The Dead / Bob Dylan / Robert Hunter Darien Lakes PAC, Darien Lake NY - August 8, 2003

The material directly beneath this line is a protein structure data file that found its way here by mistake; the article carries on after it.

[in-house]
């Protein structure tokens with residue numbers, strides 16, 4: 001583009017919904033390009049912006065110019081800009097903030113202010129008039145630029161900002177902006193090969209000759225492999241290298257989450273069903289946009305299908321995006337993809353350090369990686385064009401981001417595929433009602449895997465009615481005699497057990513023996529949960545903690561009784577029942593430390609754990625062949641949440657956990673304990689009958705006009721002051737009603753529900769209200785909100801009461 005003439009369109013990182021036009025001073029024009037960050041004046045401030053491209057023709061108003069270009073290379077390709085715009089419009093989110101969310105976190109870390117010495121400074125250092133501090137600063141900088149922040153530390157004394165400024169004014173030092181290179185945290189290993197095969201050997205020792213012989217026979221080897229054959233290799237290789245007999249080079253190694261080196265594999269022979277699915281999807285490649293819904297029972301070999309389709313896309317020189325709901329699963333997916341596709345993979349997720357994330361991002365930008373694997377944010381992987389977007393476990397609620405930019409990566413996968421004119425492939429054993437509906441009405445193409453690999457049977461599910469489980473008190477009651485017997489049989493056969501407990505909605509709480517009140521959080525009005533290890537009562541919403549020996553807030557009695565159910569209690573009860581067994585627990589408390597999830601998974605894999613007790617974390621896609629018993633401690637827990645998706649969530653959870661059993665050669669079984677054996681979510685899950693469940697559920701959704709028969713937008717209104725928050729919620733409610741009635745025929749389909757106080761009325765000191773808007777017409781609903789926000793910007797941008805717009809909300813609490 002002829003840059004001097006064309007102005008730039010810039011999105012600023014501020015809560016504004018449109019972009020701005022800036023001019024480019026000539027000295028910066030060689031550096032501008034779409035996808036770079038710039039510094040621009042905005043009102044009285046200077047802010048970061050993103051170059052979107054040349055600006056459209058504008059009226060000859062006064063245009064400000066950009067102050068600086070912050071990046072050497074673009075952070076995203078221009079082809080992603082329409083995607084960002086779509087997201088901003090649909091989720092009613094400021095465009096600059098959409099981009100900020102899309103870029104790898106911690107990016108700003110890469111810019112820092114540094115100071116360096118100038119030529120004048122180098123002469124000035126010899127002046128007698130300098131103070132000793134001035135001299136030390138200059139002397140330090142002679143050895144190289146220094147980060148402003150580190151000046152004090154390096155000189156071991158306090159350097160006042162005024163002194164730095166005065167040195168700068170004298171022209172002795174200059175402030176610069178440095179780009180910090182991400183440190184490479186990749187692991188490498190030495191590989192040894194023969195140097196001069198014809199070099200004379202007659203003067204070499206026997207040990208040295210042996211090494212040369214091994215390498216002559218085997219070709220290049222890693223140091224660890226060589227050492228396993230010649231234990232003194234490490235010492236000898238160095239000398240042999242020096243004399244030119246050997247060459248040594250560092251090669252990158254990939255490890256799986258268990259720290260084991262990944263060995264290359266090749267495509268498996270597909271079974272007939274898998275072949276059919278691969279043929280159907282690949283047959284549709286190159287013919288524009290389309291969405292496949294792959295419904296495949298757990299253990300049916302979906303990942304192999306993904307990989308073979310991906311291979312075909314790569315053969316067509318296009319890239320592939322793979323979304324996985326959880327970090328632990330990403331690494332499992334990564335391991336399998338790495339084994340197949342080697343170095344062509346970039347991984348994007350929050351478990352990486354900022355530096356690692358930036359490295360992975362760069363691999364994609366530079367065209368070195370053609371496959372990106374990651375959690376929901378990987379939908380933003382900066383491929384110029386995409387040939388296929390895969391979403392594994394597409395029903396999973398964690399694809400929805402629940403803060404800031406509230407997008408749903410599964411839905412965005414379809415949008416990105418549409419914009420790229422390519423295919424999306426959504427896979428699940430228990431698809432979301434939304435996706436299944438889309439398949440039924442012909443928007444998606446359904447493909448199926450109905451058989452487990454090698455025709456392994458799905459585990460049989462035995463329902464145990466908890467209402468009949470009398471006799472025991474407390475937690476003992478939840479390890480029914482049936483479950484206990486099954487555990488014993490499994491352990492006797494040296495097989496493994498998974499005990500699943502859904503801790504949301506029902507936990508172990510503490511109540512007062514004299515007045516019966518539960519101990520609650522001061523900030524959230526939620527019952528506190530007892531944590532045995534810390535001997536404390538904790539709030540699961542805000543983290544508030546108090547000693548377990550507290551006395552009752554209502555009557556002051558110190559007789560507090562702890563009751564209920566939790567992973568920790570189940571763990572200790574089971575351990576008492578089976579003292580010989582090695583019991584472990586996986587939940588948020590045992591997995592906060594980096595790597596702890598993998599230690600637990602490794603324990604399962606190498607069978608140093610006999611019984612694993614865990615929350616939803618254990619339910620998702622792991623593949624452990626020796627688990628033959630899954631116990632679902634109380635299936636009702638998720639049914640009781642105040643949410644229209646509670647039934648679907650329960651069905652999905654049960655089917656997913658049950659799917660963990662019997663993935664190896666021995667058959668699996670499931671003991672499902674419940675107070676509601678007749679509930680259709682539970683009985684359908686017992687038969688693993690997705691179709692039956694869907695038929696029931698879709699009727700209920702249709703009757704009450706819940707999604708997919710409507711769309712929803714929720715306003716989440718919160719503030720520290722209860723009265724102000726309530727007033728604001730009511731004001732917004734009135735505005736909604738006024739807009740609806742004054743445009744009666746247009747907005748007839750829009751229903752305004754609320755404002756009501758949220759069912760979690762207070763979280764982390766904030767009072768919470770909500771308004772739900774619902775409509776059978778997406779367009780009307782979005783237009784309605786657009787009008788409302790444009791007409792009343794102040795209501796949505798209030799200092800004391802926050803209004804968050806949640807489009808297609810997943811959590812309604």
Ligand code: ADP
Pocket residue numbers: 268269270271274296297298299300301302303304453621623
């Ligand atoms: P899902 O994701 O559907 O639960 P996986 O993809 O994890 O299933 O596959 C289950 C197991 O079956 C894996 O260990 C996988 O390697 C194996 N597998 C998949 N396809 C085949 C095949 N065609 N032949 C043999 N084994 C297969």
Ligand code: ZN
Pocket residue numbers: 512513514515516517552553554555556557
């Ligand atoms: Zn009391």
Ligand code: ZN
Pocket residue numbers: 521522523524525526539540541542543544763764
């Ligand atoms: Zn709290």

Kicking off with less than 300 inside the amphitheatre, Dead lyricist Robert Hunter played solo, accompanied only by his guitar. Proving to be as charismatic a performer as he is storyteller, Hunter delighted early concertgoers with a wonderful rendition of the entire "Terrapin Station" suite, including lyrics unused by the Dead. Bob Dylan and band were next; having seen Mr. Zimmerman in various incarnations since 1988, I was unsure how this would stack up against recent shows but this was the best yet. Dylan and company — now featuring Freddie Koela on rhythm guitar, replacing Charlie Sexton — quickly had the crowd up and dancing after an absolutely rambunctious "Maggie's Farm." Dylan stood upright, banging on a piano throughout the show and seemed as into it as I have ever seen. The set was chock full of hits, with the selections including "Mr. Tambourine Man," "Positively 4th Street" and "This Wheel's on Fire." Since it was his last show supporting the Dead, guitarist Bob Weir was invited onstage to perform with the group and sat in on five songs, including the sublime encore of "Rainy Day Women #12 & 35." After a beautiful two-song opening sequence of "The Music Never Stopped" and an audience sing-along to "Casey Jones," Dylan reciprocated and joined the newly reformed Dead onstage for four songs, kicking off with an up-tempo, jammed out "Tangled Up In Blue." Dylan was so fired up he called for his guitar and rocked out on both "Train To Cry" and the Dead's "Alabama Getaway" — the first time he had played guitar all tour. After Dylan's exit, the band played a shortened "Scarlet Begonias" into "Fire On the Mountain" sequence that never reached the same heights as the Dylan foursome. The second set was a little lacklustre, perhaps Dylan shined too bright, but set opener "Mason's Children" and closer "Midnight Hour" were the highlights. Until the encore that is. The band made up for the mediocre second half by blowing the roof off with the trilogy of "Help On the Way," "Slipknot" and "Franklin's Tower," as their closing song. It was perhaps the strongest (and longest) closing song I have ever witnessed the band do and they played it precisely.